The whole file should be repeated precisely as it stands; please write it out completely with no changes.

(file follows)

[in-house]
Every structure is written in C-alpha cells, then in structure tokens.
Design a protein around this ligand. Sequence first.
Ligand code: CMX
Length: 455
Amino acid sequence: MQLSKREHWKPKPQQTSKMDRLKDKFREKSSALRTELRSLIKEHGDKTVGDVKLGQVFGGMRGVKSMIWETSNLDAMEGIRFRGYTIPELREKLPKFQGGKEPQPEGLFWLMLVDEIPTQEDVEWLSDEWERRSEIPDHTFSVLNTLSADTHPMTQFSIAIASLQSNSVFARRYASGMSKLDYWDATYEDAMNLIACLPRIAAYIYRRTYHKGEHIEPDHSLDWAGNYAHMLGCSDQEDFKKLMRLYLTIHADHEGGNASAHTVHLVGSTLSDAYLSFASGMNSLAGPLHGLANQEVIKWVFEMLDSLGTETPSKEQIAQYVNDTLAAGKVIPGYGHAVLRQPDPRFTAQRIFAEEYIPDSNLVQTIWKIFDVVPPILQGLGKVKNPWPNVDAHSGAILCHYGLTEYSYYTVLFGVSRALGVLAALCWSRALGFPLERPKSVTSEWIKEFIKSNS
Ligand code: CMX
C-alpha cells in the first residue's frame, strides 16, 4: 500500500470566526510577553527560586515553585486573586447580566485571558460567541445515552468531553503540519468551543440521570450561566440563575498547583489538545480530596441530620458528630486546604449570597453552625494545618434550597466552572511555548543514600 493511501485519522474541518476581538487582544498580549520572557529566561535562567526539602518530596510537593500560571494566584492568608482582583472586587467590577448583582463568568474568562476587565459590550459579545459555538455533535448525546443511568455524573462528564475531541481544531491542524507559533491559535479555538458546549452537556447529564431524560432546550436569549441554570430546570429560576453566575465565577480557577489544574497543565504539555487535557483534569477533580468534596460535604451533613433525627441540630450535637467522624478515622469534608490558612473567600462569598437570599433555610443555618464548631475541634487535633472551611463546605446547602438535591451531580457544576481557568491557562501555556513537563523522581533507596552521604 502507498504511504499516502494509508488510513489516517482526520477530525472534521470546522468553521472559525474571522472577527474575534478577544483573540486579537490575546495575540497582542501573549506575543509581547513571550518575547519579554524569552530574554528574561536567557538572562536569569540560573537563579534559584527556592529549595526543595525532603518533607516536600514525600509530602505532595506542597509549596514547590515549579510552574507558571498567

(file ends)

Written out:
[in-house]
Every structure is written in C-alpha cells, then in structure tokens.
Design a protein around this ligand. Sequence first.
Ligand code: CMX
Length: 455
Amino acid sequence: MQLSKREHWKPKPQQTSKMDRLKDKFREKSSALRTELRSLIKEHGDKTVGDVKLGQVFGGMRGVKSMIWETSNLDAMEGIRFRGYTIPELREKLPKFQGGKEPQPEGLFWLMLVDEIPTQEDVEWLSDEWERRSEIPDHTFSVLNTLSADTHPMTQFSIAIASLQSNSVFARRYASGMSKLDYWDATYEDAMNLIACLPRIAAYIYRRTYHKGEHIEPDHSLDWAGNYAHMLGCSDQEDFKKLMRLYLTIHADHEGGNASAHTVHLVGSTLSDAYLSFASGMNSLAGPLHGLANQEVIKWVFEMLDSLGTETPSKEQIAQYVNDTLAAGKVIPGYGHAVLRQPDPRFTAQRIFAEEYIPDSNLVQTIWKIFDVVPPILQGLGKVKNPWPNVDAHSGAILCHYGLTEYSYYTVLFGVSRALGVLAALCWSRALGFPLERPKSVTSEWIKEFIKSNS
Ligand code: CMX
C-alpha cells in the first residue's frame, strides 16, 4: 500500500470566526510577553527560586515553585486573586447580566485571558460567541445515552468531553503540519468551543440521570450561566440563575498547583489538545480530596441530620458528630486546604449570597453552625494545618434550597466552572511555548543514600 493511501485519522474541518476581538487582544498580549520572557529566561535562567526539602518530596510537593500560571494566584492568608482582583472586587467590577448583582463568568474568562476587565459590550459579545459555538455533535448525546443511568455524573462528564475531541481544531491542524507559533491559535479555538458546549452537556447529564431524560432546550436569549441554570430546570429560576453566575465565577480557577489544574497543565504539555487535557483534569477533580468534596460535604451533613433525627441540630450535637467522624478515622469534608490558612473567600462569598437570599433555610443555618464548631475541634487535633472551611463546605446547602438535591451531580457544576481557568491557562501555556513537563523522581533507596552521604 502507498504511504499516502494509508488510513489516517482526520477530525472534521470546522468553521472559525474571522472577527474575534478577544483573540486579537490575546495575540497582542501573549506575543509581547513571550518575547519579554524569552530574554528574561536567557538572562536569569540560573537563579534559584527556592529549595526543595525532603518533607516536600514525600509530602505532595506542597509549596514547590515549579510552574507558571498567